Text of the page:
New data from the Centers for Disease Control (CDC) show that the COVID-19 Delta variant has almost completely vanished in the United States, comprising only about one in every 1,000 confirmed cases, or 0.1 percent. CDC data shows the highly contagious but significantly milder Omicron variant has outcompeted its delta sibling for almost complete dominance, accounting for 99.9 percent of all cases.
In Florida, during the entire month of January, only about 10% of all cases were confirmed Delta cases, while 89% were Omicron. But over the last two weeks in particular, instances of Delta faded away almost completely.
The total number of confirmed COVID cases (of all variants) peaked on January 10th, racking up about four times the number of infections as the previous wave in August and September 2021. But as of Monday, despite the significantly higher number of new cases, the average number of daily deaths won’t even reach the halfway mark of the previous wave.
For comparison, the August 2021 Delta variant peak saw the daily average hit over 24,000 new cases per day. Less than a month later, deaths attributed to COVID-19 peaked at 445 per day. With Omicron, which peaked on January 10th at just under 85,000 cases per day, we haven’t yet reached the peak number of deaths, but we’re nearing the time frame when deaths will start to once again decrease. As of Monday, the average had climbed to 170 daily deaths. While it could still climb higher, there are fewer and fewer hospitalizations and the number of new cases has already been cut in half.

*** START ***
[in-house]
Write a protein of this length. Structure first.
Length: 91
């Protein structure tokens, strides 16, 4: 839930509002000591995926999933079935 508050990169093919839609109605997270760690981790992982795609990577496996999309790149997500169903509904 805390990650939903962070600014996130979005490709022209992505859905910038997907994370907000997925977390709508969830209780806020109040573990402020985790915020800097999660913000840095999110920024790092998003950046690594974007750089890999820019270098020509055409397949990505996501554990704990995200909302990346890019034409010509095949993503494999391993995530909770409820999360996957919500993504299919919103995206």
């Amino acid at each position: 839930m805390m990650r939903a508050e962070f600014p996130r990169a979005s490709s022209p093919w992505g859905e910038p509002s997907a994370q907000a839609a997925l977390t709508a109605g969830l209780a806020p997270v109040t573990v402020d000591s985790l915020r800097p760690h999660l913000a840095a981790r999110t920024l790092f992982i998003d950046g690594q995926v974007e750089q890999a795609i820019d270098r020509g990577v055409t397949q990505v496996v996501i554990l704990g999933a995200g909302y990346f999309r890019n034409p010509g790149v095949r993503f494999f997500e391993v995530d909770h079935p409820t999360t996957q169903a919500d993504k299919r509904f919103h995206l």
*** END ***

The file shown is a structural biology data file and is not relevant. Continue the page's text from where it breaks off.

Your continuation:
All told, COVID-19 remains a dangerous disease not to be taken lightly, and the possibility exists for new variants to emerge that could be significantly worse than anything we’ve experienced so far. But if the current trends continue, and no new COVID-19 variant emerges to outcompete Omicron for both contagiousness and severity, we may be looking at the beginning of the endemic phase of COVID-19. While that means the disease reaches “equilibrium” and the peaks become less severe and thus, easier to manage, it doesn’t mean the danger has passed.
From a recent Financial Times article:
Tim Colbourn, professor of global health epidemiology at University College London, said “many politicians don’t know what endemic means” even if “there’s a case for saying the worst is over”. “It doesn’t mean severity will get lower,” he said. “Endemic usually implies a steady state of equilibrium without large peaks, so we’re not really there yet. You could argue the politicians saying so are engaging in wishful thinking.”
For most, COVID-19 remains a nasty illness with debilitating, long-lasting symptoms. For others, the disease is life threatening. While the current direction of the disease appears to be good news, caution is still advised.